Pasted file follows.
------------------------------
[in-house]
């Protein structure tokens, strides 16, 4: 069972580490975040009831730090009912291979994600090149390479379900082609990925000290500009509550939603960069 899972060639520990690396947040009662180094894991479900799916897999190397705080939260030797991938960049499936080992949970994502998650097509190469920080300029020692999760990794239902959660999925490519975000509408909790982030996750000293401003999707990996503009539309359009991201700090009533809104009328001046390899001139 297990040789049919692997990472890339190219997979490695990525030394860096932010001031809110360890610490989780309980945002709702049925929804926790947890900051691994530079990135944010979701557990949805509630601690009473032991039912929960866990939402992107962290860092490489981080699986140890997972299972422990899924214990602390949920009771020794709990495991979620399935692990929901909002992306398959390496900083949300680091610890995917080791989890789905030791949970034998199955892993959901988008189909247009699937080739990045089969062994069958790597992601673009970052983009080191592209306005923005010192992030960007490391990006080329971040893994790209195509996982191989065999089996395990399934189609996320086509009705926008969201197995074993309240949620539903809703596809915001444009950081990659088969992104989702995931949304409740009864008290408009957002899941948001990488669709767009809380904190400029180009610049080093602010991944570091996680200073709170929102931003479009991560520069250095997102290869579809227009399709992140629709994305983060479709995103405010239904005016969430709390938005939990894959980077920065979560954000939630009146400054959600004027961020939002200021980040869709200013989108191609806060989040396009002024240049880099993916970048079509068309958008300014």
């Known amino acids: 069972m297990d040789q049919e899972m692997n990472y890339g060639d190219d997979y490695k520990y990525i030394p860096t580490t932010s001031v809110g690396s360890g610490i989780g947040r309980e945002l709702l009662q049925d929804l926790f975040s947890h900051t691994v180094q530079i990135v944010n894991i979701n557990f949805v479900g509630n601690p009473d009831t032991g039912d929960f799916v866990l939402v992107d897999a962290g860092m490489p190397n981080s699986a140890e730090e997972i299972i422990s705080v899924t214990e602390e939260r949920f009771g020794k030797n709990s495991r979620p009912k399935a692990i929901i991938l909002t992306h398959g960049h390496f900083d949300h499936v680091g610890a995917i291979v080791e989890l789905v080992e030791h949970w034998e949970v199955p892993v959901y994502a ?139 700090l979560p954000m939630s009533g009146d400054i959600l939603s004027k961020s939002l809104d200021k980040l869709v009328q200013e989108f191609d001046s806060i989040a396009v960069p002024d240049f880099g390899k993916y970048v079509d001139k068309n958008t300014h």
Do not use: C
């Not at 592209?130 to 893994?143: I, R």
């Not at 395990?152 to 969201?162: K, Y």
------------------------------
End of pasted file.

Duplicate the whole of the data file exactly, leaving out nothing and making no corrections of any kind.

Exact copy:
[in-house]
């Protein structure tokens, strides 16, 4: 069972580490975040009831730090009912291979994600090149390479379900082609990925000290500009509550939603960069 899972060639520990690396947040009662180094894991479900799916897999190397705080939260030797991938960049499936080992949970994502998650097509190469920080300029020692999760990794239902959660999925490519975000509408909790982030996750000293401003999707990996503009539309359009991201700090009533809104009328001046390899001139 297990040789049919692997990472890339190219997979490695990525030394860096932010001031809110360890610490989780309980945002709702049925929804926790947890900051691994530079990135944010979701557990949805509630601690009473032991039912929960866990939402992107962290860092490489981080699986140890997972299972422990899924214990602390949920009771020794709990495991979620399935692990929901909002992306398959390496900083949300680091610890995917080791989890789905030791949970034998199955892993959901988008189909247009699937080739990045089969062994069958790597992601673009970052983009080191592209306005923005010192992030960007490391990006080329971040893994790209195509996982191989065999089996395990399934189609996320086509009705926008969201197995074993309240949620539903809703596809915001444009950081990659088969992104989702995931949304409740009864008290408009957002899941948001990488669709767009809380904190400029180009610049080093602010991944570091996680200073709170929102931003479009991560520069250095997102290869579809227009399709992140629709994305983060479709995103405010239904005016969430709390938005939990894959980077920065979560954000939630009146400054959600004027961020939002200021980040869709200013989108191609806060989040396009002024240049880099993916970048079509068309958008300014």
């Known amino acids: 069972m297990d040789q049919e899972m692997n990472y890339g060639d190219d997979y490695k520990y990525i030394p860096t580490t932010s001031v809110g690396s360890g610490i989780g947040r309980e945002l709702l009662q049925d929804l926790f975040s947890h900051t691994v180094q530079i990135v944010n894991i979701n557990f949805v479900g509630n601690p009473d009831t032991g039912d929960f799916v866990l939402v992107d897999a962290g860092m490489p190397n981080s699986a140890e730090e997972i299972i422990s705080v899924t214990e602390e939260r949920f009771g020794k030797n709990s495991r979620p009912k399935a692990i929901i991938l909002t992306h398959g960049h390496f900083d949300h499936v680091g610890a995917i291979v080791e989890l789905v080992e030791h949970w034998e949970v199955p892993v959901y994502a ?139 700090l979560p954000m939630s009533g009146d400054i959600l939603s004027k961020s939002l809104d200021k980040l869709v009328q200013e989108f191609d001046s806060i989040a396009v960069p002024d240049f880099g390899k993916y970048v079509d001139k068309n958008t300014h």
Do not use: C
């Not at 592209?130 to 893994?143: I, R």
């Not at 395990?152 to 969201?162: K, Y």